Yale College will offer a major in neuroscience next year, the product of a collaboration between the Molecular, Cellular and Developmental Biology Department and the Psychology Department.

The new major will offer students greater breadth into the study of neuroscience, with required coursework both in molecular, cellular and biological approaches and in systems, circuits and behavior. Students interested in the field will have the option of entering the neuroscience major or one of the two existing neuroscience-related tracks — neurobiology in MCDB or neuroscience in psychology. The neuroscience major will be available to members of the class of 2018 and later, as the major will use existing courses as requirements, according to MCDB chair Vivian Irish.

“Neuroscience is a tremendously broad and interdisciplinary field, and the only way to offer comparably integrative and rigorous training was to develop an independent neuroscience major,” said Marvin Chun, a psychology professor and one of the two directors of undergraduate studies for the new major. “We want our neuroscience students to be the most broadly and the most rigorously trained amongst all our peer schools.”

Yale faculty have discussed the need for an undergraduate neuroscience major for many years, according to Chun. With the upcoming Yale College expansion in mind, the departments started to lay out the major last fall.

According to MCDB professor Damon Clark, the collaborating departments created an integrative program of study for undergraduates spanning neuroscience — from molecules and cells up to human brain imaging.

In particular, Chun said, the major will counteract the lack of extensive behavior and human brain research in the MCDB track and molecular or cellular neuroscience work in the psychology track.

Significant interest in the new joint neuroscience major is expected, particularly with the planned expansion of the undergraduate population, Irish said, noting that the department has already seen interest since the major was formally announced in an email to MCDB and psychology students last Friday.

Samantha Marquez ’18, a psychology major on the neuroscience track, said she now plans to select her senior year courses such that she can graduate in the first class of the neuroscience major next spring.

“I think this new neuroscience major is going to provide the perfect balance to study both the biological and molecular roots of the brain and the behavioral manifestations of these neural communications,” Marquez said. “This unique combination is what is going to make this an amazing opportunity for future classes.”

Marquez added that she hopes that the departments will provide some flexibility for rising juniors and seniors.

Ariel Lowrey ’18, another psychology major on the neuroscience track, said she would have chosen to major in neuroscience had it been announced earlier, but the number of requirements means she is unlikely to make the switch.

However, Lowrey emphasized the value of the new major as an incentive for Yale to offer more courses that teach computing for neuroscience, including languages such as MATLAB.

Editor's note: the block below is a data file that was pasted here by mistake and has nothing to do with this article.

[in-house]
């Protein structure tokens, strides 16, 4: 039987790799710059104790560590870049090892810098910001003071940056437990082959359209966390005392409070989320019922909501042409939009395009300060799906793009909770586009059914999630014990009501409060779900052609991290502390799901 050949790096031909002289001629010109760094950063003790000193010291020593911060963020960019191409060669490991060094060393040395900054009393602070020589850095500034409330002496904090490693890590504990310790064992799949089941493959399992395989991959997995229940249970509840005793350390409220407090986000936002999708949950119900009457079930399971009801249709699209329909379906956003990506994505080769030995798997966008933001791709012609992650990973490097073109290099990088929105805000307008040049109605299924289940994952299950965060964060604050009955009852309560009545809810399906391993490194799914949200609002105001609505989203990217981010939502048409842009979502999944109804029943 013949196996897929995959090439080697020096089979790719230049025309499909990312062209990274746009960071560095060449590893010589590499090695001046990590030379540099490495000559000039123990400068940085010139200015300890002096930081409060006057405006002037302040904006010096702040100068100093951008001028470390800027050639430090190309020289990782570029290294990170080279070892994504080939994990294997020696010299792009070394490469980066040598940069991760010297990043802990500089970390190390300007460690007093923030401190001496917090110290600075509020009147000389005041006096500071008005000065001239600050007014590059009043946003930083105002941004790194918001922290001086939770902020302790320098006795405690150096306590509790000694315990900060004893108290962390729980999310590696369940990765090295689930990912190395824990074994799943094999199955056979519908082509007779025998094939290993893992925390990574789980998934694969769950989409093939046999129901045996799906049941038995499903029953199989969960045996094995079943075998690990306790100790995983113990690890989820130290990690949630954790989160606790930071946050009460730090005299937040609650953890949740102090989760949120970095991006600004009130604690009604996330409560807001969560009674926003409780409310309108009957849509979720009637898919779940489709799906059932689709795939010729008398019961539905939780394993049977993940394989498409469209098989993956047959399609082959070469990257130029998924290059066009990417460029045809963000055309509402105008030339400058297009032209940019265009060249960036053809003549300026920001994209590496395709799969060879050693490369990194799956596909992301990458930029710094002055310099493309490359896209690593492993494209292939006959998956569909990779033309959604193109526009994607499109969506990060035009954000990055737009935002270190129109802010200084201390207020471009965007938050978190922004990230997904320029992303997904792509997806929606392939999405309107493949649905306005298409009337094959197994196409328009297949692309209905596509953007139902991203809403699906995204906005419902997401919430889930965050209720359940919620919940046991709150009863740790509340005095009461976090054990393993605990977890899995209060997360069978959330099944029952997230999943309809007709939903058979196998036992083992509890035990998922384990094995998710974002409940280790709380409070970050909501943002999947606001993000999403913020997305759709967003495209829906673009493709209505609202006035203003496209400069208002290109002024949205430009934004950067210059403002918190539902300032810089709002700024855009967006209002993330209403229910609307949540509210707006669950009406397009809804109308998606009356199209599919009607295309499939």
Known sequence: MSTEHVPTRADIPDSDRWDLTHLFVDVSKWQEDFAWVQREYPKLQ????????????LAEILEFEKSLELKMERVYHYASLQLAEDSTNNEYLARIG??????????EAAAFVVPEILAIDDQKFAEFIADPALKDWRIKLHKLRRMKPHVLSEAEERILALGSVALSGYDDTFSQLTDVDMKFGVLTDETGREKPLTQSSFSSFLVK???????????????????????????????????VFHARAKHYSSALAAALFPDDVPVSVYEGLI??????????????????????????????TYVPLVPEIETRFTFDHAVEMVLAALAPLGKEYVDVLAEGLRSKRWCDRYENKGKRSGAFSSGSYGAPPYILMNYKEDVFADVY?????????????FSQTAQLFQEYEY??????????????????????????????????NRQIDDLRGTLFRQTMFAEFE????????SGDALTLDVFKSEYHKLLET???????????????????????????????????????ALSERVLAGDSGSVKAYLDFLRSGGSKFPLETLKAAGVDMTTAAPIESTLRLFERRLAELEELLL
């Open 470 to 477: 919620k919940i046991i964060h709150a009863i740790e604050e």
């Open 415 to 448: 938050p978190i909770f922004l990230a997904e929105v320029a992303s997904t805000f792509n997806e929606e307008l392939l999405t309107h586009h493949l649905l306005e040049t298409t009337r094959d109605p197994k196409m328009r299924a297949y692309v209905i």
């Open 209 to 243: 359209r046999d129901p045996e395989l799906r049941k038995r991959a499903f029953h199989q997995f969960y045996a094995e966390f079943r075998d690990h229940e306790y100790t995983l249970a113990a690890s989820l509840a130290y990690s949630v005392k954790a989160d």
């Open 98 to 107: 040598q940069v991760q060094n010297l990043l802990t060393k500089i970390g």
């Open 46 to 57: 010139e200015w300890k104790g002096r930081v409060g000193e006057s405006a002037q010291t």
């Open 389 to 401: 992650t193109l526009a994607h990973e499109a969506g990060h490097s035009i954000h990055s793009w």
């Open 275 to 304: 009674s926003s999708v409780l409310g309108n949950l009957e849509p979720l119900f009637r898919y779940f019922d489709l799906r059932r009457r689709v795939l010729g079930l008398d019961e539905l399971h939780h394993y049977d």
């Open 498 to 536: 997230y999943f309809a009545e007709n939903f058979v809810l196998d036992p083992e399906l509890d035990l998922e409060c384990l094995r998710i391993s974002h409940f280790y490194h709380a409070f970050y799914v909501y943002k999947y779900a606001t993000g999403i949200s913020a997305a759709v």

“With the addition of the Advanced Allied Core requirement, the major has a focus on computer science, which is becoming increasingly useful and necessary in neuroscience research,” she said.

Like the MCDB neurobiology track, the major will require 18.5 credits, but there will be greater flexibility in course selection, Clark said. In addition to taking two neuroscience foundation courses and one lab course, students will select 11 electives from the Quantitative, Systems/Circuits/Behavior, Molecular/Cellular/Biological, Basic Allied and Advanced Allied cores, according to the draft of the major’s description in the Yale College Programs of Study.

“Compared to the tracks, the neuroscience major will require extensive coursework in both departments, and while quite demanding, it also offers more flexibility in electives across many departments,” Chun said.

Jane Huang ’20, who is interested in the neurobiology track of MCDB and is now considering the neuroscience major, said the new major is appealing because students in the MCDB track only take a few electives in neuroscience, while the neuroscience major allows deeper exploration into the field, in addition to relevant coursework in math and computer science.

The existing psychology neuroscience track and MCDB neurobiology track will still be available, as they provide students with the option to pursue more focused courses of study in neuroscience, according to Clark.

“The new major offers students a chance to explore neurology at a much deeper level than the track-specific majors,” said Jessica Trinh ’20, a potential neuroscience major. “I found the MCDB major with neurobiology track limiting in the amount of room I have to take the neurology courses I’m interested in taking during my time here at Yale. With neuroscience, I believe I can make more connections with how the brain works at the molecular level to the overall broader scale.”

After next year, during which the application process will occur at the start of the school year, students will be invited to apply to the neuroscience major at the end of their freshman year, according to Irish. Chun said that the faculty hopes that implementing an application process will allow them to better gauge student interest, ensure that students are prepared to fulfill the requirements and manage the size of the program.

About two dozen students graduate in the neuroscience track of the psychology major every year, according to Chun.